The Qatari diplomat who caused a midair security scare won't face charges after claiming he was trying to light his shoes on fire when it appears he was simply smoking in the bathroom.
Federal officials said Mohammed al Modadi was on official business when he boarded United Airlines Flight 663 from Washington to Denver, giving him diplomatic immunity. A law firm spokesman told The Associated Press that al Modadi has been released and was headed back to Washington.
More than 160 passengers and crew were onboard when flight attendants noticed smoke coming from the bathroom and notified federal air marshals on the plane, government sources said.
When the marshals demanded to know what he was doing, the man identified himself as a diplomat from Qatar and responded, perhaps sarcastically, "I'm trying to light my shoes on fire."
It was a comment reminiscent of shoe bomber Richard Reid and also the so-called underwear bomber Umar Farouk Abdulmutallab, who successfully smuggled explosives onto a Christmas Day flight, but failed to detonate them.
"None of this is going to be taken as anything less than dead seriousness," ABC News aviation analyst John Nance told "Good Morning America" today. "If you make the wrong comment at the wrong time and you're going to come off the airplane in chains."
Al Modadi's comments Wednesday set off a chain reaction of security and terrorism responses, including F-16 fighter jets that scrambled from Buckley Air Force Base in Colorado to accompany the flight during its descent into Denver. The plane was met by the FBI and local law enforcement.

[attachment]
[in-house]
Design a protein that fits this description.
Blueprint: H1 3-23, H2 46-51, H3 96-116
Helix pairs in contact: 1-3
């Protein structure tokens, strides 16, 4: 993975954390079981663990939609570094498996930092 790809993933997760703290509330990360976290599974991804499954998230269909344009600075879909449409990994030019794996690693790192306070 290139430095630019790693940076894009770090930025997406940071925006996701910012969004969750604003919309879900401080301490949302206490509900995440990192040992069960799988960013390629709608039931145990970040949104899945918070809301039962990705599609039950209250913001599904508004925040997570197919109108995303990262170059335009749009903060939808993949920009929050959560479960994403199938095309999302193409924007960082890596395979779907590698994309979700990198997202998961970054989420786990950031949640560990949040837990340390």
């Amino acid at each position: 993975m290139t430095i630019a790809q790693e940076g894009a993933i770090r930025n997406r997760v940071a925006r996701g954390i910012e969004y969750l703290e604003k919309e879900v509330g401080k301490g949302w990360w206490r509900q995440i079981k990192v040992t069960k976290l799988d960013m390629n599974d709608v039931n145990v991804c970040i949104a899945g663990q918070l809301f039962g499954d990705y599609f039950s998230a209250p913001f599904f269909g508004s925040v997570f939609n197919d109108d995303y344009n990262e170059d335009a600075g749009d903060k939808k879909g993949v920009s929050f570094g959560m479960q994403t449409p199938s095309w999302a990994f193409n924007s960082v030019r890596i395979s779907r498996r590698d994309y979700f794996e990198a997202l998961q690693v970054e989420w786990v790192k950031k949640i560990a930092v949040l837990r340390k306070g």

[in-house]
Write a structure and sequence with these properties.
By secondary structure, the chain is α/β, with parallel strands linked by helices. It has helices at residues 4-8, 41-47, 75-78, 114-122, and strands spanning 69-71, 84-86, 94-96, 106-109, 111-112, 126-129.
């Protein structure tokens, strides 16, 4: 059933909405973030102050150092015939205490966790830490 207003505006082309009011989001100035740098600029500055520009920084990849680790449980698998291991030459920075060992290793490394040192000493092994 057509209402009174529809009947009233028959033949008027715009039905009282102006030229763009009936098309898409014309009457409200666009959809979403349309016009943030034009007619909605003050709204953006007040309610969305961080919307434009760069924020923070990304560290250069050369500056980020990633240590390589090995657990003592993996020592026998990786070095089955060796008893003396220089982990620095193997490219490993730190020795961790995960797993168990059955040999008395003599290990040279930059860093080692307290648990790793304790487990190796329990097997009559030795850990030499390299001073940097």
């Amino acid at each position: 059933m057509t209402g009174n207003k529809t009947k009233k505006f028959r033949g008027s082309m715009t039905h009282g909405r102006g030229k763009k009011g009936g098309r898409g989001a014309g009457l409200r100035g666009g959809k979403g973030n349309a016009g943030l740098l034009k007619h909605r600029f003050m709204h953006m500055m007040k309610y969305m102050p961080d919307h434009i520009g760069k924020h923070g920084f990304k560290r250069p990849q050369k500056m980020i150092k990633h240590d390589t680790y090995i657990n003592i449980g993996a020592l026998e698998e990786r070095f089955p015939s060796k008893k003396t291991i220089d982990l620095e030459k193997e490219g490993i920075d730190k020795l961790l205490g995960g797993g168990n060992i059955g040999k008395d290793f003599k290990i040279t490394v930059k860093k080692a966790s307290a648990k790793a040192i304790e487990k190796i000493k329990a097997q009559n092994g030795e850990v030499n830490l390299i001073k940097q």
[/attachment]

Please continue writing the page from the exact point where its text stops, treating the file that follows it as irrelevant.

"If this was an overreaction, it was not only an understandable one, it was a good one," Nance said.
Al Modadi's shoes were examined once the flight landed, government officials said, but no traces of explosives were found.
Qatari Ambassador Calls Bomb Scare a 'Mistake'
A statement was posted on the Qatar Embassy's Web site in response to the incident, defending al Modadi and calling it a mistake.
"We respect the necessity of special security precautions involving air travel, but this diplomat was traveling to Denver on official embassy business on my instructions," Ambassador Ali Bin Fahad Al-Hajri wrote in the statement, "and he was certainly not engaged in any threatening activity."
"The facts will reveal that this was a mistake," the statement continued, "and we urge all concerned parties to avoid reckless judgments or speculation."